In 1970-71, when licences and production capacities were tightly controlled by the government, he vigorously argued his company’s case for producing more scooters. Some 20 years later, he became one of the most vocal members of the ‘Bombay Club’ seeking a “level-playing field” for Indian businesses after the 1991 reforms. And, more recently, in 2019, at the ET Awards, in the presence of Union ministers, he spoke about the need to create an environment where businessmen could openly criticise government policies and still be appreciated.
After returning from Harvard Business School with an MBA in the 1960s, he built Bajaj Auto into the country’s pre-eminent two-wheeler company with households willing to wait for a decade to own a Bajaj Chetak or Bajaj Super scooter. Its iconic ‘Hamara Bajaj‘ campaign became synonymous with middle-class dreams.
He was widely known as the fearless voice of India Inc. At the post-Budget meeting of industry associations with government representatives, Bajaj would ‘open the innings’, making sharp comments, often to the displeasure or discomfiture of mantris and babus. He was candid with just about everyone and everything – including son Rajiv‘s decision to discontinue manufacturing scooters. “It is very difficult for me to praise anybody, I was not born that way… I was born anti-establishment,” he had said at an ET Awards function a few years ago, where he mentioned that he was named by Jawaharlal Nehru.
Head for business, heart for community
Rahul Bajaj was one of a kind. He had a personality that matched his towering height. The grandson of a freedom-fighter, and born into a family that believed it had a responsibility towards society, Rahul Bajaj believed in the idea of India. His scooters became a symbol of a young nation on the move. He was one of the first to become a world-beater in his industry and to take an Indian brand global. But he was more than a business titan – he was a man of strong beliefs who didn’t shy away from speaking his mind. His two sons are living up to the famed Bajaj name and they will doubtless take their businesses to great new heights. What India will miss is a voice that came straight from the heart,” said Samir Jain, vice chairman and managing director, The Times of India Group.
“Rahul Bajaj strode across the Indian industrial landscape like a colossus. He was a pioneer who established a culture of quality and technology. He stood for high integrity in business and stuck to his principles,” said Venu Srinivasan, chairman, TVS Motor Company.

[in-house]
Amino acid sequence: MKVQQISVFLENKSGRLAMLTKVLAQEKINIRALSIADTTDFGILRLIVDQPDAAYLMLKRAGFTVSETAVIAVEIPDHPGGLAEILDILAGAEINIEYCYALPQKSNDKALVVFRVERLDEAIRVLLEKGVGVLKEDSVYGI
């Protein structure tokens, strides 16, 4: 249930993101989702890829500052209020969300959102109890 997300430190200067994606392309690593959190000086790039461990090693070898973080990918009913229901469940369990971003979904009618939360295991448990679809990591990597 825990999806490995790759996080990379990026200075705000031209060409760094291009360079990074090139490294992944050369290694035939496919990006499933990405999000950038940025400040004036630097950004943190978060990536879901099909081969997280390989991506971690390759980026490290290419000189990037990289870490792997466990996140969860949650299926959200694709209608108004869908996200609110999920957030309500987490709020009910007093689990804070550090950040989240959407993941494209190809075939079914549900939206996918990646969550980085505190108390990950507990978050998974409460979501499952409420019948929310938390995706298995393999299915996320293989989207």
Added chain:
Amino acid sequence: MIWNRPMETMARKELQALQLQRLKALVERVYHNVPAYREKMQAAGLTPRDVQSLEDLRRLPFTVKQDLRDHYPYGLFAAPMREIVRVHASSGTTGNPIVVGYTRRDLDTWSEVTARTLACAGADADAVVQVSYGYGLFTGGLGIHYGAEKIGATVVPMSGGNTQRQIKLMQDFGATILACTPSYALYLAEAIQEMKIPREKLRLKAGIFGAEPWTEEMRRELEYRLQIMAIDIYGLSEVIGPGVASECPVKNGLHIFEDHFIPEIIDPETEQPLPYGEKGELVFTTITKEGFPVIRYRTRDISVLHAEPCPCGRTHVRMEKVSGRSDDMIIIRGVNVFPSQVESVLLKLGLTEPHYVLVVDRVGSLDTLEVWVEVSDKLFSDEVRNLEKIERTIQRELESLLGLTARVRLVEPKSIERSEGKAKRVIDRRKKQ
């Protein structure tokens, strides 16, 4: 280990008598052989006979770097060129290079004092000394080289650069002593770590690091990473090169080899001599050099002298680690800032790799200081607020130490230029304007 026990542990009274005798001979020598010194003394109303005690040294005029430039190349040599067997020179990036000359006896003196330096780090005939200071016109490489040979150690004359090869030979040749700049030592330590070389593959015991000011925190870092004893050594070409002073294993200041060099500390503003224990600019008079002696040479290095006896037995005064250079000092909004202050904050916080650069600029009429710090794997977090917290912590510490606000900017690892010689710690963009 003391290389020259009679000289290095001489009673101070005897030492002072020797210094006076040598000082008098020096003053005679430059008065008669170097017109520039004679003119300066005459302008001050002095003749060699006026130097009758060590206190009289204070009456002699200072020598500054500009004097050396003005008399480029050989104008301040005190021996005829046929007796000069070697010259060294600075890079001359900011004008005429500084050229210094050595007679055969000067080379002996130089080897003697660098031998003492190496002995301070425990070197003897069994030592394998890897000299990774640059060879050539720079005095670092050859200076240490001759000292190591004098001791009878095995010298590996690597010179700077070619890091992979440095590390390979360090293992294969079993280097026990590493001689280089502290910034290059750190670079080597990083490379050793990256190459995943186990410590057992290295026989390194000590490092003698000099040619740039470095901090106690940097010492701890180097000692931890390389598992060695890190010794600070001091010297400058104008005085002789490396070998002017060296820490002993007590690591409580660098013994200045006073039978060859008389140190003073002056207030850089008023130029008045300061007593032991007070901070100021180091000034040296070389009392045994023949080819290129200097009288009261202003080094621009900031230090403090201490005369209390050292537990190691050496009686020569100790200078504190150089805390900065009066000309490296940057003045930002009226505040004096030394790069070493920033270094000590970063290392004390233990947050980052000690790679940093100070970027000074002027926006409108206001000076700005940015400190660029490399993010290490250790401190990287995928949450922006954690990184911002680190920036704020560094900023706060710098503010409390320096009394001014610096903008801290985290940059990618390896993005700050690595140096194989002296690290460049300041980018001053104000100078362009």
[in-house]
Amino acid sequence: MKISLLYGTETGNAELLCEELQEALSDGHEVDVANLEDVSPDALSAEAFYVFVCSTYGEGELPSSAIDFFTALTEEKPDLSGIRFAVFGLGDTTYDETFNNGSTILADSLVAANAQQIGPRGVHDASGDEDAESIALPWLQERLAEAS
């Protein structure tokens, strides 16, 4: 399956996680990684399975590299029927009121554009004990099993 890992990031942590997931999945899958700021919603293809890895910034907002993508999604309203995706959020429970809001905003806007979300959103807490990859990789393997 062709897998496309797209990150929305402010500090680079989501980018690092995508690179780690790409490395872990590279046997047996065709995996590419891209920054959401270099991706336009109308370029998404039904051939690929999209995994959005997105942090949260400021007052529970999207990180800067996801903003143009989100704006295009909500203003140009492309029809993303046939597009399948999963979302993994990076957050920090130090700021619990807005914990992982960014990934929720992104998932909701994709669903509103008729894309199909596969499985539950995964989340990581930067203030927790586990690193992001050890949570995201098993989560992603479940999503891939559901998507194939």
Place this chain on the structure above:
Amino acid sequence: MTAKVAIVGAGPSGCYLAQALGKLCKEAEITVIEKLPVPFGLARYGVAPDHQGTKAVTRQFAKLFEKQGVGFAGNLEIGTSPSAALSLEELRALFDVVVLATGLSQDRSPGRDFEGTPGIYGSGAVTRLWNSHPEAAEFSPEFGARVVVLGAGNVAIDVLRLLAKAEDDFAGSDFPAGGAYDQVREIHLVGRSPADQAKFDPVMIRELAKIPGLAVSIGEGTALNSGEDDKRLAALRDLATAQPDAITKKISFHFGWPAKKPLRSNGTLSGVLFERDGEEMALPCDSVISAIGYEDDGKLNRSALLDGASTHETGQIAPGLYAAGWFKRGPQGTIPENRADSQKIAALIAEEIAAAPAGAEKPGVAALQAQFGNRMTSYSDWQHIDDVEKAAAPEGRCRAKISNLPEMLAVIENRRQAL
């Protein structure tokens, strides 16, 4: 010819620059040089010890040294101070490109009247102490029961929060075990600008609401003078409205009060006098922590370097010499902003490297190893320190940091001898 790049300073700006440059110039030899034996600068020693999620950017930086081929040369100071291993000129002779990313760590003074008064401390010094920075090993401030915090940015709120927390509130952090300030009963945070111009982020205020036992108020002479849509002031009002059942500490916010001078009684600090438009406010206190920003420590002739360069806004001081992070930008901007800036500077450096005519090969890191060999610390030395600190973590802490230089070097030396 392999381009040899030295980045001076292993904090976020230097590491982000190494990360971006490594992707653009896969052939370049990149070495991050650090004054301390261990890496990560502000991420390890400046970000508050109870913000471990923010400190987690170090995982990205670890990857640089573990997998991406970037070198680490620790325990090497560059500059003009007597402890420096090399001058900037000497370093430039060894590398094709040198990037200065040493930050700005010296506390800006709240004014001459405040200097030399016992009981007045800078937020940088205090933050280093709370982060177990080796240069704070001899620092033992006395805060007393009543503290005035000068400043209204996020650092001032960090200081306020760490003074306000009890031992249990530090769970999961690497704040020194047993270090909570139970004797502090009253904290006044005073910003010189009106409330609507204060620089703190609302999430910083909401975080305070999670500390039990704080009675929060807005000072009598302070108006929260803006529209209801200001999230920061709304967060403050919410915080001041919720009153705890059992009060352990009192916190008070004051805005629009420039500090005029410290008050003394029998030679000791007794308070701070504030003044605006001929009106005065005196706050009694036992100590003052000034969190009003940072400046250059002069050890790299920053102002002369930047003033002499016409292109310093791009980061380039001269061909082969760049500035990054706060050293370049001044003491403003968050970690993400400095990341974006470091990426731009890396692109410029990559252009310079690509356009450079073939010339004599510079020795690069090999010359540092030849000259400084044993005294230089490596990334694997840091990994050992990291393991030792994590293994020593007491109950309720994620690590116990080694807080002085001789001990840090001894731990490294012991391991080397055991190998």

Much before Brand India or ‘atmanirbharta’ came into the lexicon, the Bajaj Group was part of the original ‘swadeshi’ movement, which saw Bajaj Auto going into scooters in collaboration with Piaggio.
The group played a very big role in turning Pune into one of India’s biggest busi-ness hubs. He relocated from Bombay to Akurdi, which was then a village on the outskirts of Pune. Bajaj took pride in creating a company that saw only one labour strike and a culture where his children went to the same school as his managers’.
He was a tough negotiator and held firm during talks with Honda when it was looking to enter India in the 1980s, refusing to offer any equity to the Japanese auto company, and insisting only on a technology tie-up. During this period, Indian preference changed from scooters to motorcycles, especially those with four-stroke engines, something that Bajaj didn’t manufacture, resulting in Hero Honda emerging as market leader some 15 years ago. By this time, Bajaj had put Rajiv in the driver’s seat. “You are a great manager. You are doing well on costs and quality. All I know is, I was number one, you are number two!” Bajaj would tease his son.
While focusing on business, which later diversified into financial services, Bajaj also built strong relationships around the world. He was among the early visitors to Davos, the alpine resort where global industry leaders converge for an annual summit that goes beyond business. First introduced to the European Management Forum by Baba Kalyani’s father Neelkanth Kalyani, Bajaj was instrumental in getting the World Economic Forum to India in the 1980s. Until a few years ago, he remained a keen participant at the jamboree.
Bajaj may have been seen as a voice against liberalisation but those who know him maintain that he was misunderstood and that all he asked for was a level-playing field.
In keeping with the family tradition he was born into, Bajaj had a deep social conscience and believed that businesses were meant to serve people and communities. Besides making substantial financial commitments towards health, education and livelihoods, Bajaj took personal interest in the group’s philanthropic activities.